Pres­i­den­tial de­bate is likely to be mem­o­rable

The Charlotte Observer (Sunday) - - News -

Kennedy’s cam­paign.

‘No Soviet dom­i­na­tion’: Repub­li­can Pres­i­dent Ger­ald Ford’s in­sis­tence that “there is no Soviet dom­i­na­tion of East­ern Europe” dur­ing a 1976 de­bate against Demo­crat Jimmy Carter was such a blun­der that the ques­tioner asked whether he re­ally meant to say that.

“I’m sorry, could I just fol­low – did I un­der­stand you to say, sir, that the Rus­sians are not us­ing East­ern Europe as their own sphere of in­flu­ence in occupying most of the coun­tries there and mak­ing sure with their troops that it’s a Com­mu­nist zone?”

Ford said he did. Years later, Ford ac­knowl­edged, “There’s no ques­tion I did not ad­e­quately ex­plain what I was think­ing.”

Turn­ing age into a plus: Repub­li­can Ron­ald Rea­gan, then seek­ing to be­come the old­est pres­i­dent to win re­elec­tion, used hu­mor to ad­dress ques­tions about his ad­vanced age at a 1984 de­bate against Demo­crat Wal­ter Mon­dale.

When a ques­tioner asked Rea­gan if he had any doubts whether he had the strength for the job as his age, the then-73year-old was quick to re­spond: “Not at all. I will not make age an is­sue of this cam­paign. I am not go­ing to ex­ploit, for po­lit­i­cal pur­poses, my op­po­nent’s youth and in­ex­pe­ri­ence.”

Even Mon­dale, 56, had to laugh at that.

The kids are off-lim­its:

Demo­crat John Kerry’s re­sponse to a ques­tion about ho­mo­sex­u­al­ity dur­ing a 2004 pres­i­den­tial de­bate against Repub­li­can in­cum­bent Ge­orge W. Bush caused a fight be­tween him and Vice Pres­i­dent Dick Cheney. “I think if you were to talk to Dick Cheney’s daugh­ter, who is a les­bian, she would tell you that she’s be­ing who she was. She’s be­ing who she was born as,” Kerry said. The Cheneys blasted Kerry for bring­ing up their daugh­ter, and the vice pres­i­dent de­scribed him­self as an “an­gry fa­ther.”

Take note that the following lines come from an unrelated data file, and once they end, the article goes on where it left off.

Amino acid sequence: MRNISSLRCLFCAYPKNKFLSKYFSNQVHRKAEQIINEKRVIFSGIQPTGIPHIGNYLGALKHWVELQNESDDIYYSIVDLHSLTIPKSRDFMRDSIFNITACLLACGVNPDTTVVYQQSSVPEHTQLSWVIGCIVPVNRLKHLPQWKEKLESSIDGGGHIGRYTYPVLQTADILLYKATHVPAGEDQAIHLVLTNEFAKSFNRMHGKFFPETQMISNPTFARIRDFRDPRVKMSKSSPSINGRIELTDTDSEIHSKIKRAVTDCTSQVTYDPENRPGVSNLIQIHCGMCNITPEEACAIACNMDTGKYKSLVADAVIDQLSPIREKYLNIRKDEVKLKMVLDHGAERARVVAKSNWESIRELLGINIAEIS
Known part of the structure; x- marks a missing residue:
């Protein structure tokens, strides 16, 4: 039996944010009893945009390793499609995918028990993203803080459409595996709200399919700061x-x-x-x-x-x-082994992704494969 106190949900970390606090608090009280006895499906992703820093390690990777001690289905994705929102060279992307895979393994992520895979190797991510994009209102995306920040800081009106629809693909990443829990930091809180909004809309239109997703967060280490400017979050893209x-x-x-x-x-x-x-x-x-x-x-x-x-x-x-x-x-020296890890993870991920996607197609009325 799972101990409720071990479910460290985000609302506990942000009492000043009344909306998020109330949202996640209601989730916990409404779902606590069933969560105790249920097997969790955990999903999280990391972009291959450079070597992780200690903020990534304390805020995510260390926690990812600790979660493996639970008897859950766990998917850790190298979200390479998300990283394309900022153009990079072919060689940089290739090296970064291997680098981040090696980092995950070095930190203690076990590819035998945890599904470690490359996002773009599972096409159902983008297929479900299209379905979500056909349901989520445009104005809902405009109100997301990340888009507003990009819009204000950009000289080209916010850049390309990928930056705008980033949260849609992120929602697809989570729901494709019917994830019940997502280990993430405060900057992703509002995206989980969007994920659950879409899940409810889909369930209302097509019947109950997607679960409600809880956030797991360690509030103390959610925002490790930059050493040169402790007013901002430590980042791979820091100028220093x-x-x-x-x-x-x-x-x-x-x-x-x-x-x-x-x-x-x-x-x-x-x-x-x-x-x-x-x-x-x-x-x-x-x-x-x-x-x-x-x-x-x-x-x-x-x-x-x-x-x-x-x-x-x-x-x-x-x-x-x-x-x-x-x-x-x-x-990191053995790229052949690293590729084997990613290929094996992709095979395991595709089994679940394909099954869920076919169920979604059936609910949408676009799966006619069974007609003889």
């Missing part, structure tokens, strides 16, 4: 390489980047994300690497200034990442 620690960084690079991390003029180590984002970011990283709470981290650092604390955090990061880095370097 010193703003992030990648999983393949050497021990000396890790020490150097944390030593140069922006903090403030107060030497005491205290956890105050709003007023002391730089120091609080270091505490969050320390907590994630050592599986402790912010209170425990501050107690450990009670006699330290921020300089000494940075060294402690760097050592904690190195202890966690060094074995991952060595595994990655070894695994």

‘Binders full of women’: Dur­ing a 2012 pres­i­den­tial de­bate be­tween Repub­li­can Mitt Rom­ney and Demo­cratic in­cum­bent Barack Obama, Rom­ney was asked about pay eq­uity in the work­place for women. He talked about how he had pulled to­gether a list of can­di­dates for ad­min­is­tra­tion po­si­tions when he was Massachuse­tts’ gov­er­nor.

“I went to a num­ber of women’s groups and said, ‘Can you help us find folks?’ And they brought us whole binders full of women,” Rom­ney said.

The com­ment drew ridicule al­most im­me­di­ately and was held up as an ex­am­ple of Rom­ney’s dis­so­nance on women’s is­sues.

Sur­prise pre-de­bate news con­fer­ence: The se­cond 2016 pres­i­den­tial de­bate was two days af­ter the re­lease of the 2005 “Ac­cess Hol­ly­wood” tape of Trump boast­ing about grab­bing women by the gen­i­tals, and Trump was de­ter­mined to change the nar­ra­tive.

He called a sur­prise news con­fer­ence hours ahead of the de­bate against Demo­crat Hil­lary Clin­ton, and re­porters walked in to find Trump sit­ting at a ta­ble along­side three women who had ac­cused Clin­ton’s hus­band, for­mer Pres­i­dent Bill Clin­ton, of un­wanted sex­ual ad­vances decades ear­lier. The women de­tailed their al­le­ga­tions against the for­mer pres­i­dent as Trump watched, his hands folded in front of him.

The women later joined him at the de­bate as his in­vited guests.

The 2016 low­light reel: The 2016 de­bates were filled with mo­ments that in any other elec­tion year would be the most no­table. In the first de­bate, Trump ques­tioned U.S. in­tel­li­gence find­ings that Rus­sia had hacked the Demo­cratic Na­tional Com­mit­tee: “It could also be some­body sit­ting on their bed that weighs 400 pounds, OK?”

In the se­cond de­bate, Trump loomed be­hind Clin­ton as she spoke, seem­ing to fol­low her around the stage. Clin­ton didn’t re­act in the mo­ment but later wrote in her mem­oir, “What Hap­pened,” that she wishes she had said, “Back up, you creep, get away from me.”

Trump re­ferred to Clin­ton as “the devil” and said his ad­min­is­tra­tion would ap­point a special pros­e­cu­tor to in­ves­ti­gate her use of a pri­vate com­puter server as sec­re­tary of state. “It’s just aw­fully good that some­one with the tem­per­a­ment of Don­ald Trump is not in charge of the law in our coun­try,” Clin­ton replied. Trump re­torted, “Be­cause you’d be in jail.”

In the third de­bate, Trump waded into un­charted ter­ri­tory for Amer­ica’s democ­racy by re­fus­ing to say if he’d ac­cept the re­sults of the elec­tion if Clin­ton won. “I will tell you at the time,” he said. “I’ll keep you in sus­pense.”


The 1960 pres­i­den­tial elec­tion of­fered the coun­try’s first tele­vised de­bate. Demo­crat John F. Kennedy, the hand­some young sen­a­tor, looked tan and re­laxed. Repub­li­can Richard Nixon, who had been sick and in the hospi­tal, looked hol­low-eyed and had a five o’clock shadow. Many con­sid­ered the de­bate a turn­ing point in Kennedy’s cam­paign.

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